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(Largely containing a mind-dump to myselves: past, present, and future)
Current favorite quote: "Supposedly smart people are weirdly ignorant of Bayes' Rule." William B Vogt, 2010

Deriving the Kinematic Equations

The Kinematic equations are the bread and butter equations of Newtonian projectile motion, and are quite useful for games. There are four of them, but you just need to remember two very intuitive ones and you can derive the other two from there. For one derivation, we need Calculus, for the other, it's straight Algebra. But don't be afraid, these are trivial! I'm mostly doing this to refresh my memory and it may help someone.

First, some definitions:

[math]\begin{eqnarray}
X &=& position,\ distance\ traveled \\
V &=& velocity \\
a &=& acceleration \\
t &=& time \\
?_0 &=& initial\ value\ of\ whatever\ ?\ is \\
?_f &=& final \ value\ of\ whatever\ ?\ is
\end{eqnarray}
[/math]

Pretty straightforward. So, the First Kinematic Equation? Well, what is velocity anyway? If I know I'm accelerating forward at 10 m/s^2, and I travel for 2 seconds, how fast am I going at the end? 10*2 = 20m/s. If I was going 5 m/s at first, then I'm now going 20+5=25m/s. So velocity is a function of acceleration and time plus an initial velocity:

[math]V_f = a*t + V_0[/math]

Indeed, if we look at the units, they match up:

[math]V_f (\frac{m}{s}) = a (\frac{m}{s^2}) * t (s) + V_0 (\frac{m}{s})[/math]

The seconds in the time factor cancel one of the seconds in the acceleration factor, leaving a sum of m/s.

Now let's integrate with respect to time!

[math]\int{V_f dt} = \int{(a*t + V_0)dt} = \frac{1}{2}*a*t^2 + V_0*t + C[/math]

Convince yourself that when we integrate velocity over time, we get back position, and therefore the C constant is just the initial position:

[math]X_f = \frac{1}{2}*a*t^2 + V_0*t + X_0[/math]

And that is the Second Kinematic Equation.

The Third Kinematic Equation is another intuitive one. What else is position, if we don't have information about acceleration, but only velocity? If I'm traveling at 60 mph, and I travel for two hours, how far have I gone? 120 miles. (Plus an initial position, of course.) But in the real world, I can't just jump to 60 mph instantly, and there may be stop signs, slow downs, speed ups when no cops are around... But if I know my average speed is 60mph, then the above holds. Position is thus a function of average velocity and time, the third equation:

[math]X_f = \frac{V_f + V_0}{2} * t + X_0[/math]

And looking at units:

[math]X_f (m) = \frac{V_f + V_0}{2} (\frac{m}{s}) * t (s) + X_0 (m)[/math]

The seconds in time cancel out the seconds in velocity, giving a sum of meters.

To get the final Kinematic equation, it's straight algebra from here. Let's take the third equation, solve for t, and plug it in to the first equation. Why not? If we're careful we can get an equation that will let us know our velocity from simply an acceleration and position alone, no need for time.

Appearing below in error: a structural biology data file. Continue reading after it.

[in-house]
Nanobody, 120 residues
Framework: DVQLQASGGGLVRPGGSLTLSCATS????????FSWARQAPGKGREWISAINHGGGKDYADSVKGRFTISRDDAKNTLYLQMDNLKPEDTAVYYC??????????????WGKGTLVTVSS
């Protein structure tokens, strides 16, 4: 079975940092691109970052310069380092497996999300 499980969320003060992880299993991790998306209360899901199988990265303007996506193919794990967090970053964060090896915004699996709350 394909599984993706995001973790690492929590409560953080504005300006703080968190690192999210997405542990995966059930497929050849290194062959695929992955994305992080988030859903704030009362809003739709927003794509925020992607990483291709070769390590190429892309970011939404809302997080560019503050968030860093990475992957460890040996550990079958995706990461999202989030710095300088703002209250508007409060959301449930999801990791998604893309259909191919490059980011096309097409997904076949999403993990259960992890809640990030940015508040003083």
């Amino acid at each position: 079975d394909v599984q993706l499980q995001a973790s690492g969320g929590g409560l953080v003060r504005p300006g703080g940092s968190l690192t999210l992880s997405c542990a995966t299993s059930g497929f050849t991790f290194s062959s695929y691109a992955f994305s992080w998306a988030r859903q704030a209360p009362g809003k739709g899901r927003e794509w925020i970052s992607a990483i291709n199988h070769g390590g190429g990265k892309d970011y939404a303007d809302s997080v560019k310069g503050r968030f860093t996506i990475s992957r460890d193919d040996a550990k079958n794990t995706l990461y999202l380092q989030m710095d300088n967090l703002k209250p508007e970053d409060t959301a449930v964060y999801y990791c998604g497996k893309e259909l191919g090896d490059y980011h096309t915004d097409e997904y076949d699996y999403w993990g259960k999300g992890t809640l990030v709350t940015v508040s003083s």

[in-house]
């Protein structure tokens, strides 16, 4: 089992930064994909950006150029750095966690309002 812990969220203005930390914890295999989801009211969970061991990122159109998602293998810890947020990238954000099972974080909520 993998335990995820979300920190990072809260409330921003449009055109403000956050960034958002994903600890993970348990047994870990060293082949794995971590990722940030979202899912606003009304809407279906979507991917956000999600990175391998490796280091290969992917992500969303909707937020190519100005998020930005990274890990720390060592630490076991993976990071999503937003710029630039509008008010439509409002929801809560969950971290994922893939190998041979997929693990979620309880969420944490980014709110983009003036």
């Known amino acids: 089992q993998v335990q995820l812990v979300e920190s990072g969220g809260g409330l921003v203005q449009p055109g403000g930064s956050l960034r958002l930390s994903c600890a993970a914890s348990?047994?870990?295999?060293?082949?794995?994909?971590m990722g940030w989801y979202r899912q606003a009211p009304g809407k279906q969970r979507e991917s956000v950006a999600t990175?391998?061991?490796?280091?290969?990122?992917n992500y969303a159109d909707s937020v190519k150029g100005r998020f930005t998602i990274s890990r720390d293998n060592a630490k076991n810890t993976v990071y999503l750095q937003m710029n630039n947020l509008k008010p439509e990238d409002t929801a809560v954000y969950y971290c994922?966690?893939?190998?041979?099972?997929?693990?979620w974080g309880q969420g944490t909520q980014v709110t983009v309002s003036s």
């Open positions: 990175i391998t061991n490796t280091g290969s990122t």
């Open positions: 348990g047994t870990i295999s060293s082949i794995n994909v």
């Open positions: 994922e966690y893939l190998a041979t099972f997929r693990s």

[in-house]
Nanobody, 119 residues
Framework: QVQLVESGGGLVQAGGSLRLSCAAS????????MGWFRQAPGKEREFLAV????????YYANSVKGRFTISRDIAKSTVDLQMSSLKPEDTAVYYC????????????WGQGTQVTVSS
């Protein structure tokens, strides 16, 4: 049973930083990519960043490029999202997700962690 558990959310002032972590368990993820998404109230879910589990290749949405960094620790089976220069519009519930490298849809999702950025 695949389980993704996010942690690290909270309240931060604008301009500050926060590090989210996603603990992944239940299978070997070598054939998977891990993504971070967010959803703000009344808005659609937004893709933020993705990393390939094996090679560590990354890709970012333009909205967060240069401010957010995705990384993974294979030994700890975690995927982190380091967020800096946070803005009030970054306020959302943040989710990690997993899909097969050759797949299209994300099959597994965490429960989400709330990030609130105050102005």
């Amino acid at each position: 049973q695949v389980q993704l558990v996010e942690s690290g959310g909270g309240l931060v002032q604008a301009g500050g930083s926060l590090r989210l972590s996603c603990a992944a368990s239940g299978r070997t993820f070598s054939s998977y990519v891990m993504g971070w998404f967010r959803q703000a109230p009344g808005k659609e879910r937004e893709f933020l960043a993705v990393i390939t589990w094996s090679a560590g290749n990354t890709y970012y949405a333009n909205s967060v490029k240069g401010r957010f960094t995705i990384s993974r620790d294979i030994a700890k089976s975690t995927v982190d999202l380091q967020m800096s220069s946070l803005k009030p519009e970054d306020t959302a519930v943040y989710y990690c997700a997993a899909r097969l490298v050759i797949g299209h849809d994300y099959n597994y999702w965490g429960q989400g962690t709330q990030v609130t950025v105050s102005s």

[math]\begin{align*}
Solve\ for\ t: \\
\frac{V_f + V_0}{2} * t &= X_f - X_0 \\
t &= \frac{2 * (X_f - X_0)}{V_f + V_0} \\
\end{align*}
[/math][math]
\begin{align*}
Now\ plug\ it\ in: \\
V_f &= a*t + V_0 \\
&= \frac{2*a*(X_f - X_0)}{V_f + V_0} + V_0
\end{align*}
[/math][math]\begin{align*}
Multiply\ both\ sides\ by\ (V_f + V_0): \\
V_f^2 + V_f*V_i = (V_f + V_0) * (\frac{2*a*(X_f - X_0)}{V_f + V_0} + V_0) \\
\ \ \ = V_0^2 + \frac{V_0*2*a*(X_f - X_0)}{V_f + V_0} + V_f*V_0 + \frac{V_f*2*a*(X_f - X_0)}{V_f + V_0} \\
\end{align*}
[/math][math]\begin{align*}
V_f^2 &= \frac{2*a*(X_f - X_0) * (V_f + V_0)}{V_f + V_0} + V_0^2 \\
&= 2*a*(X_f - X_0) + V_0^2
\end{align*}
[/math]

And that's the Fourth Kinematic Equation.

Simple, right?

Edit: There is also a second derivation for the fourth equation, following from conservation of energy. Recall that:

[math]Kinetic\ Energy = \frac{1}{2} * m * V^2 [/math]

and:

[math]Potential\ Energy = m*g*h[/math]

where m is mass, V is velocity, g is acceleration due to gravity, h is positional height. Recall the law for Conservation of Energy:

[math]PE_0 + KE_0 = PE_f + KE_f[/math]

So, by simple algebra:

[math]m_0*g_0*h_0 + \frac{1}{2}*m_0*V_0^2 = m_f*g_f*h_f + \frac{1}{2}*m_f*V_f^2[/math]

We assume that mass is constant (so we can divide it out) as well as the gravitational acceleration:

[math]\begin{align*}
g*h_0 + \frac{1}{2}*V_0^2 &= g*h_f + \frac{1}{2}*V_f^2 \\
Multiply\ both\ sides\ by\ two: \\
2*g*h_0 + V_0^2 &= 2*g*h_f + V_f^2 \\
V_f^2 &= 2*g*h_0 - 2*g*h_f + V_0^2 \\
&= 2*g*(h_0 - h_f) + V_0^2
\end{align*}[/math]

So this form is essentially the same as the above.


Posted on 2010-11-15 by Jach

Tags: math, physics

Permalink: http://www.thejach.com/view/id/142

Trackback URL: http://www.thejach.com/view/2010/11/deriving_the_kinematic_equations

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Larry 15 September 2012 03:09:17 AM
I don't understand where the denominator "2" comes from in the 3rd kinematic equation. It's probably something simple that I'm missing. Perhaps you can clarify this for me.
Jach 15 September 2012 03:28:52 PM